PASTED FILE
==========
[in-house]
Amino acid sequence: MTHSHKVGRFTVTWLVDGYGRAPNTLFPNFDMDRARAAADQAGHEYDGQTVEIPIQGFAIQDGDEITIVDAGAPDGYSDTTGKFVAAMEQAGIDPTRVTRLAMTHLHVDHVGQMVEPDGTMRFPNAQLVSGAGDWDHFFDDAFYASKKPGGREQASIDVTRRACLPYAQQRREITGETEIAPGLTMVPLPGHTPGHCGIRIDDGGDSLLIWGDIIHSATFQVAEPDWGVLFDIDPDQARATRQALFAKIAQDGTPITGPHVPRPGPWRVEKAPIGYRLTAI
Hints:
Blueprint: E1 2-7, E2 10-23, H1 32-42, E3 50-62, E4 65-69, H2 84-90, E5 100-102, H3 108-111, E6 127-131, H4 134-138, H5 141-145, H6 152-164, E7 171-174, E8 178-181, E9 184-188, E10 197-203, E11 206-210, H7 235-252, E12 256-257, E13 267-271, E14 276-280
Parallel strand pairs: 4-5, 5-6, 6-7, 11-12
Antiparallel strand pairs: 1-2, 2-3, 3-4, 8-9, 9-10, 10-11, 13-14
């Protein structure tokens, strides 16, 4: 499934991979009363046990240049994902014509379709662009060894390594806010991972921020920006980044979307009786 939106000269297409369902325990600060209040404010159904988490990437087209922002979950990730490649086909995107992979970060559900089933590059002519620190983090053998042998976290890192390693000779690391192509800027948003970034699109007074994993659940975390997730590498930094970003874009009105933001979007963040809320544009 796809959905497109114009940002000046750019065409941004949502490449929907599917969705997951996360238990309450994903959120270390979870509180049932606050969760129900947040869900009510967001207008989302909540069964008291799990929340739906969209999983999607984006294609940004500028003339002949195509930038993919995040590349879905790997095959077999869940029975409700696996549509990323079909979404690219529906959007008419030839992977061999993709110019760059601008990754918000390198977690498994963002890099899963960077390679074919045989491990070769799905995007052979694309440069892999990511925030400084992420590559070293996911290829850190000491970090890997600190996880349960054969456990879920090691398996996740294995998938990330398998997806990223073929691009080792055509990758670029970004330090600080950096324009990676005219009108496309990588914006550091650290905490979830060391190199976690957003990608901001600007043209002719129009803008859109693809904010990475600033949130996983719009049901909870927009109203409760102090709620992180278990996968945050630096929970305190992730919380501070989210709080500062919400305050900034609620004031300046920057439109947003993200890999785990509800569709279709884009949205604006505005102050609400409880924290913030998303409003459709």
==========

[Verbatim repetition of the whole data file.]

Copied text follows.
[in-house]
Amino acid sequence: MTHSHKVGRFTVTWLVDGYGRAPNTLFPNFDMDRARAAADQAGHEYDGQTVEIPIQGFAIQDGDEITIVDAGAPDGYSDTTGKFVAAMEQAGIDPTRVTRLAMTHLHVDHVGQMVEPDGTMRFPNAQLVSGAGDWDHFFDDAFYASKKPGGREQASIDVTRRACLPYAQQRREITGETEIAPGLTMVPLPGHTPGHCGIRIDDGGDSLLIWGDIIHSATFQVAEPDWGVLFDIDPDQARATRQALFAKIAQDGTPITGPHVPRPGPWRVEKAPIGYRLTAI
Hints:
Blueprint: E1 2-7, E2 10-23, H1 32-42, E3 50-62, E4 65-69, H2 84-90, E5 100-102, H3 108-111, E6 127-131, H4 134-138, H5 141-145, H6 152-164, E7 171-174, E8 178-181, E9 184-188, E10 197-203, E11 206-210, H7 235-252, E12 256-257, E13 267-271, E14 276-280
Parallel strand pairs: 4-5, 5-6, 6-7, 11-12
Antiparallel strand pairs: 1-2, 2-3, 3-4, 8-9, 9-10, 10-11, 13-14
């Protein structure tokens, strides 16, 4: 499934991979009363046990240049994902014509379709662009060894390594806010991972921020920006980044979307009786 939106000269297409369902325990600060209040404010159904988490990437087209922002979950990730490649086909995107992979970060559900089933590059002519620190983090053998042998976290890192390693000779690391192509800027948003970034699109007074994993659940975390997730590498930094970003874009009105933001979007963040809320544009 796809959905497109114009940002000046750019065409941004949502490449929907599917969705997951996360238990309450994903959120270390979870509180049932606050969760129900947040869900009510967001207008989302909540069964008291799990929340739906969209999983999607984006294609940004500028003339002949195509930038993919995040590349879905790997095959077999869940029975409700696996549509990323079909979404690219529906959007008419030839992977061999993709110019760059601008990754918000390198977690498994963002890099899963960077390679074919045989491990070769799905995007052979694309440069892999990511925030400084992420590559070293996911290829850190000491970090890997600190996880349960054969456990879920090691398996996740294995998938990330398998997806990223073929691009080792055509990758670029970004330090600080950096324009990676005219009108496309990588914006550091650290905490979830060391190199976690957003990608901001600007043209002719129009803008859109693809904010990475600033949130996983719009049901909870927009109203409760102090709620992180278990996968945050630096929970305190992730919380501070989210709080500062919400305050900034609620004031300046920057439109947003993200890999785990509800569709279709884009949205604006505005102050609400409880924290913030998303409003459709």